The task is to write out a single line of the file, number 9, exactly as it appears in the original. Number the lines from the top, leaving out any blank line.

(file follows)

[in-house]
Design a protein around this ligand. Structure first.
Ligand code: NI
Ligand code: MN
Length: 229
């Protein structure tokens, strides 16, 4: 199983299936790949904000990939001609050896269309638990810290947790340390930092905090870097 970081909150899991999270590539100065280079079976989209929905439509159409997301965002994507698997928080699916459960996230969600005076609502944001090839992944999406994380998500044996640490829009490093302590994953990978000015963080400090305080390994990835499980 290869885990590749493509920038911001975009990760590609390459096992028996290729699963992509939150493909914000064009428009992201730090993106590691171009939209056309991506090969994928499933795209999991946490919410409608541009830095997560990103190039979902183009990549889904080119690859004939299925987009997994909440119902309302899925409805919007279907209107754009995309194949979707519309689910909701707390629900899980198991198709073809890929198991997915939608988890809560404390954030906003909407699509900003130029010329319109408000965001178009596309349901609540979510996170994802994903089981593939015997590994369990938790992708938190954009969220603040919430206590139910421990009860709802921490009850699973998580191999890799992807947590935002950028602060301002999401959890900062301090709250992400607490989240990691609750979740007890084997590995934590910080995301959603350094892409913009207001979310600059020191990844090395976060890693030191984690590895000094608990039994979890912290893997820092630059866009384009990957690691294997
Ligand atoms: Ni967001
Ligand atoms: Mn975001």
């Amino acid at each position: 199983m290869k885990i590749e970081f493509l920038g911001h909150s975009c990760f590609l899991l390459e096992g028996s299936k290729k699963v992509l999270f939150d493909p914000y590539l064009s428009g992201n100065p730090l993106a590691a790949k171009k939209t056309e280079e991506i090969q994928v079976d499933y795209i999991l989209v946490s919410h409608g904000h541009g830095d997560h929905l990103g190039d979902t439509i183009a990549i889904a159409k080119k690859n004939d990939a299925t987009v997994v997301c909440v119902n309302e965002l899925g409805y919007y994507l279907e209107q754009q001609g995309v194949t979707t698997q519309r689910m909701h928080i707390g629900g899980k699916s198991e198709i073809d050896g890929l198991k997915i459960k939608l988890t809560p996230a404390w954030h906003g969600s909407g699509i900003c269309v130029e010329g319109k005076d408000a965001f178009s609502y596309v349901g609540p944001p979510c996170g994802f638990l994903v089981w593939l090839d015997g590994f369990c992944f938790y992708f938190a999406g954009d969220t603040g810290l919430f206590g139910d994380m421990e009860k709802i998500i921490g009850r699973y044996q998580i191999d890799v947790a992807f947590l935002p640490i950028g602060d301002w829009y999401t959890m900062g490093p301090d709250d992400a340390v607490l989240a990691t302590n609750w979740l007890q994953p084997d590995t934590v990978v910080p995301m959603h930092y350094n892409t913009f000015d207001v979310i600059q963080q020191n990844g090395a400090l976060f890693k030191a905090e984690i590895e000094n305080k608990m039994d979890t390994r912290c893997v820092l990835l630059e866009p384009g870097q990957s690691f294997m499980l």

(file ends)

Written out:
């Amino acid at each position: 199983m290869k885990i590749e970081f493509l920038g911001h909150s975009c990760f590609l899991l390459e096992g028996s299936k290729k699963v992509l999270f939150d493909p914000y590539l064009s428009g992201n100065p730090l993106a590691a790949k171009k939209t056309e280079e991506i090969q994928v079976d499933y795209i999991l989209v946490s919410h409608g904000h541009g830095d997560h929905l990103g190039d979902t439509i183009a990549i889904a159409k080119k690859n004939d990939a299925t987009v997994v997301c909440v119902n309302e965002l899925g409805y919007y994507l279907e209107q754009q001609g995309v194949t979707t698997q519309r689910m909701h928080i707390g629900g899980k699916s198991e198709i073809d050896g890929l198991k997915i459960k939608l988890t809560p996230a404390w954030h906003g969600s909407g699509i900003c269309v130029e010329g319109k005076d408000a965001f178009s609502y596309v349901g609540p944001p979510c996170g994802f638990l994903v089981w593939l090839d015997g590994f369990c992944f938790y992708f938190a999406g954009d969220t603040g810290l919430f206590g139910d994380m421990e009860k709802i998500i921490g009850r699973y044996q998580i191999d890799v947790a992807f947590l935002p640490i950028g602060d301002w829009y999401t959890m900062g490093p301090d709250d992400a340390v607490l989240a990691t302590n609750w979740l007890q994953p084997d590995t934590v990978v910080p995301m959603h930092y350094n892409t913009f000015d207001v979310i600059q963080q020191n990844g090395a400090l976060f890693k030191a905090e984690i590895e000094n305080k608990m039994d979890t390994r912290c893997v820092l990835l630059e866009p384009g870097q990957s690691f294997m499980l």